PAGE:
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Monday, Sep 28, 2009
Coming completely out of left field, electro-rock artist Motorcycles Are Everywhere has quietly released his debut album, 1983, and it's one of the most sonically dense, endlessly replayable discs you'll hear in 2009. Oh, and it's free.

For the longest time, Matt O’Hare has paid his dues by taking on one of the most thankless jobs in mankind’s history: theatrical sound designer.


Gathering rare and sometimes impossible-to-find songs, crafting sound effects and elaborate cues meant to be triggered at moments notice, and sometimes even writing songs specifically for a show can be a positively daunting effort. The person who can successfully tackle an effects-heavy production like Mnemonic or The Skriker is worthy of a medal of some sort, but—for the musically-inclined—sound designing is nothing short of the ultimate training ground for bigger things.


It is here where you have to deal with meeting specific challenges, often having to reach far outside your comfort zone to get results. It is through this process that Matt O’Hare has been able to hone his craft, learning everything he can before applying it to his own music. Back in 2006, O’Hare was once quoted as saying that he rarely writes music for himself, simply because he found it much easier to write for pre-existing material, like his score for the Hangar Theater production of Art built almost entirely out of soft guitar harmonics. Yet after tackling an expansive, ambitious design for the Trinity Rep/Brown production of The Maids in February of this year, O’Hare gradually began working on 1983, his first album under the pseudonym Motorcycles Are Everywhere.


What’s amazing about this little electro-rock gem is just how well it all holds together.  Playing every instrument himself, O’Hare manages to keep things propulsive, never once coming off like a laptop-rock project some kid did in his spare time.


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Sunday, Sep 27, 2009

Hush Arbors
Yankee Reality
(Ecstatic Peace!)
Releasing: 6 October


Dinosaur Jr. singer/guitarist J Mascis produces the new Hush Arbors album and shows up playing on a few songs too. The production is straightforward and lets the atmospheric folk music breathe. It’s not noisy and in-your-face like you might have expected with Mascis turning the knobs.


SONG LIST
01 Day Before
02 Lisbon
03 Fast Asleep
04 So They Say
05 One Way Ticket
06 Coming Home
07 Sun Shall
08 Take It Easy
09 For While You Slept
10 Devil Made You High


Hush Arbors
“Day Before” [MP3]
     



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Friday, Sep 25, 2009

Miles Benjamin Anthony Robinson
Summer of Fear
(Saddle Creek)
Releasing: 20 October


His self-titled 2007 debut won hearts and minds with high-stakes, melodramatic folk-rock tunes like “Buriedfed”. The passion is still there in “The Sound”, from his autobiographical sophomore LP, Summer of Fear. He sings, “Why would I try to hate on anyone else? / It’s a hard enough time just trying to hate myself.”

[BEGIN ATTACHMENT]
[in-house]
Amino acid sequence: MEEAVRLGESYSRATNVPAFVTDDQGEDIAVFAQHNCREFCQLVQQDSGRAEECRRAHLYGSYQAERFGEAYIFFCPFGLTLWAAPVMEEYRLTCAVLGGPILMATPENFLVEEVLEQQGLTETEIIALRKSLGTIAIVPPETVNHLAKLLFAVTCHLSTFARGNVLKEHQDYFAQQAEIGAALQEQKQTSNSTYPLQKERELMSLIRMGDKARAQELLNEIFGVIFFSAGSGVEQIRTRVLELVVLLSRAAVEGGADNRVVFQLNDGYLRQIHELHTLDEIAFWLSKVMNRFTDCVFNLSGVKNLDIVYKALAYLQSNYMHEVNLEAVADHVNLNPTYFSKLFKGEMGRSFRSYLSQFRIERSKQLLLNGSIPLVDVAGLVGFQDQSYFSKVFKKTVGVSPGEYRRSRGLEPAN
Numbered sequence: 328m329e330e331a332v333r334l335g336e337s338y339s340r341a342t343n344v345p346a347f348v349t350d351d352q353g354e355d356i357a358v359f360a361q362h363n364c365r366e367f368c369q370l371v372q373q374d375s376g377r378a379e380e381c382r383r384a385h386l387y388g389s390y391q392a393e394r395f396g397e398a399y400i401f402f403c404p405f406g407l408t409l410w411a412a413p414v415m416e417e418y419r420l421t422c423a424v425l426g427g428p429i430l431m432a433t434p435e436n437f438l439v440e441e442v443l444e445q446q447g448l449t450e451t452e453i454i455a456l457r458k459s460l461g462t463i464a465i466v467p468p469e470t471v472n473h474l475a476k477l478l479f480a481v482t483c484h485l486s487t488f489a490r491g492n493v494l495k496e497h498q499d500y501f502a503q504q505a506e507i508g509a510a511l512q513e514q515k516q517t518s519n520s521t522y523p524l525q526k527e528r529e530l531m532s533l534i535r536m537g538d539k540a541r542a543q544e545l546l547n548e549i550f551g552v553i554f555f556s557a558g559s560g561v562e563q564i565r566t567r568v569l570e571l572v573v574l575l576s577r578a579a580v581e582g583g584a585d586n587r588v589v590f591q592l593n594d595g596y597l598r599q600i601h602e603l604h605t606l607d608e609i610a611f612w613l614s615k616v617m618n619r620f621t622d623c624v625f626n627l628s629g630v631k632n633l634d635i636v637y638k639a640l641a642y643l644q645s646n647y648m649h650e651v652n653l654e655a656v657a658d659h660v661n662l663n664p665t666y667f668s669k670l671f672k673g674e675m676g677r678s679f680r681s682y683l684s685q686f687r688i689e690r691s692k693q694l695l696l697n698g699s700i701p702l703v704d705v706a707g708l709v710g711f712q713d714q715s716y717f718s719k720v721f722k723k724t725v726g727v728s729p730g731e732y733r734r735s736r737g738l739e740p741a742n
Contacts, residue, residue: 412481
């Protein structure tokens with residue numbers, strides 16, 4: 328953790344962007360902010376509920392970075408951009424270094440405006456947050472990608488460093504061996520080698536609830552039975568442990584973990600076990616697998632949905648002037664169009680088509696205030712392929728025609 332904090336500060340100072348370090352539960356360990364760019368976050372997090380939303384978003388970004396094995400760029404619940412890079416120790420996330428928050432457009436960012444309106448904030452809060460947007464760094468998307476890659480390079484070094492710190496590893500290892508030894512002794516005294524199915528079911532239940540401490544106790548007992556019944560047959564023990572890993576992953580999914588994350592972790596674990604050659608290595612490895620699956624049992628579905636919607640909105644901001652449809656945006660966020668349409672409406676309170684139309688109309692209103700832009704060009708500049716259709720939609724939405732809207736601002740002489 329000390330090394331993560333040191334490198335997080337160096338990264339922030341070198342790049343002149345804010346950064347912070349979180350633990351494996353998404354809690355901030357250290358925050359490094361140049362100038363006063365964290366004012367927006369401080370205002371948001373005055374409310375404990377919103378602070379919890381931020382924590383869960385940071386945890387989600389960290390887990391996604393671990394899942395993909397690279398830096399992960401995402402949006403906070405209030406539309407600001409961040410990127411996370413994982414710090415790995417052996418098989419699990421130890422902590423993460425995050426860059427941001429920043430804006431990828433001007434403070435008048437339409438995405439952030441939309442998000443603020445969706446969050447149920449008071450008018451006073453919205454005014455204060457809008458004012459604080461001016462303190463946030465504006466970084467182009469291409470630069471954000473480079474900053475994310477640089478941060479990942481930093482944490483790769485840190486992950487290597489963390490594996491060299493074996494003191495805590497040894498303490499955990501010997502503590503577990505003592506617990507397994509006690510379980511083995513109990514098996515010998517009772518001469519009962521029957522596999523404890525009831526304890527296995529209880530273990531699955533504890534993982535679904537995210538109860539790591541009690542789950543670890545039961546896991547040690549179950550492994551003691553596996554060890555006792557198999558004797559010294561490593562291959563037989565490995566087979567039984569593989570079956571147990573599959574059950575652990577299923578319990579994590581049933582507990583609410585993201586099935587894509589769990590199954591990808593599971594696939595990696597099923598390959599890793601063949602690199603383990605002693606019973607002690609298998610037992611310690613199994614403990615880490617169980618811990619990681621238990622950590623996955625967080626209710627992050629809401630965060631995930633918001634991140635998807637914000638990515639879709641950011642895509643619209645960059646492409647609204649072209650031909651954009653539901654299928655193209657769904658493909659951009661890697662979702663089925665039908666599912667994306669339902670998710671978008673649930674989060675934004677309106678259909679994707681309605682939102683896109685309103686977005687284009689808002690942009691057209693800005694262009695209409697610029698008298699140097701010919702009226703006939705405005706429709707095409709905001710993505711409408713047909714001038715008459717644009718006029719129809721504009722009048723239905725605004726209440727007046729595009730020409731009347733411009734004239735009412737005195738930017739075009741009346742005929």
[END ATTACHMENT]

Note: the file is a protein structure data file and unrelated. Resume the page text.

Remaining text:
SONG LIST
01 Shake a Shot
02 Always an Anchor
03 The Sound
04 Hard Row
05 Trap Door
06 The 100th of March
07 Summer of Fear pt 1
08 Death by Dust
09 Summer of Fear pt 2
10 Losing 4 Winners
11 More than a Mess
12 Boat


Miles Benjamin Anthony Robinson
The Sound [MP3]
     



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Friday, Sep 25, 2009

Various Artists
SCORE! 20 Years of Merge Records: THE REMIXES!
(Merge)
Releasing: 17 November


This, the latest addition to the Merge Records 20-year celebration (the covers album came out in April), doesn’t come out until November 17th, but the entire album is available to stream from the Merge website right now. The stream is only up for a limited time, but when it dries up you can check out a ton of Merge XX video over at Converse and Babelgum.


SONG LIST
01 Kalgon (Polvo) by Caribou
02 Mother of Pearl (Pram) by Barbara Morgenstern
03 Baby’s Way Cruel (Guv’ner) by Four Tet
04 Drill Me (I Was So There Remix) (Portastatic) by The Blow
05 The Ghost of You Lingers (Spoon) by John McEntire
06 No Cars Go (Arcade Fire) by Jason Forrest
07 Volcana! (I Hope Your Train Crashes Remix) (The 6ths) by Xiu Xiu
08 Bow to the Middle (The Rosebuds) by +/-
09 Irene (Caribou) by Hands Off Cuba
10 Washington, D.C. (The Magnetic Fields) by Mark Robinson
11 Nashville Parent (Lambchop) by Junior Boys


Tagged as: merge records
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Friday, Sep 25, 2009

There was a time a few years ago when Sufjan Stevens, if he gerrymandered a district in such a way as to include music fans of a certain indie persuasion, could have made a successful run for Congress. Illinois had just come out, and the more starry-eyed among us were ecstatic at the prospect of 48 more state-themed albums.


Those salad days are now long behind us, with nary a song to show for it, aside from a few outtakes, Christmas songs, and a multimedia project. But don’t despair! Yon multi-talented music-maker is on tour right now, and he comes bearing good tidings and the gift of new song. “There’s Too Much Love” has his characteristic charm and a sojourn into unexplored territory that is, to say the least, enticing. Video below, remaining tour dates after the jump.



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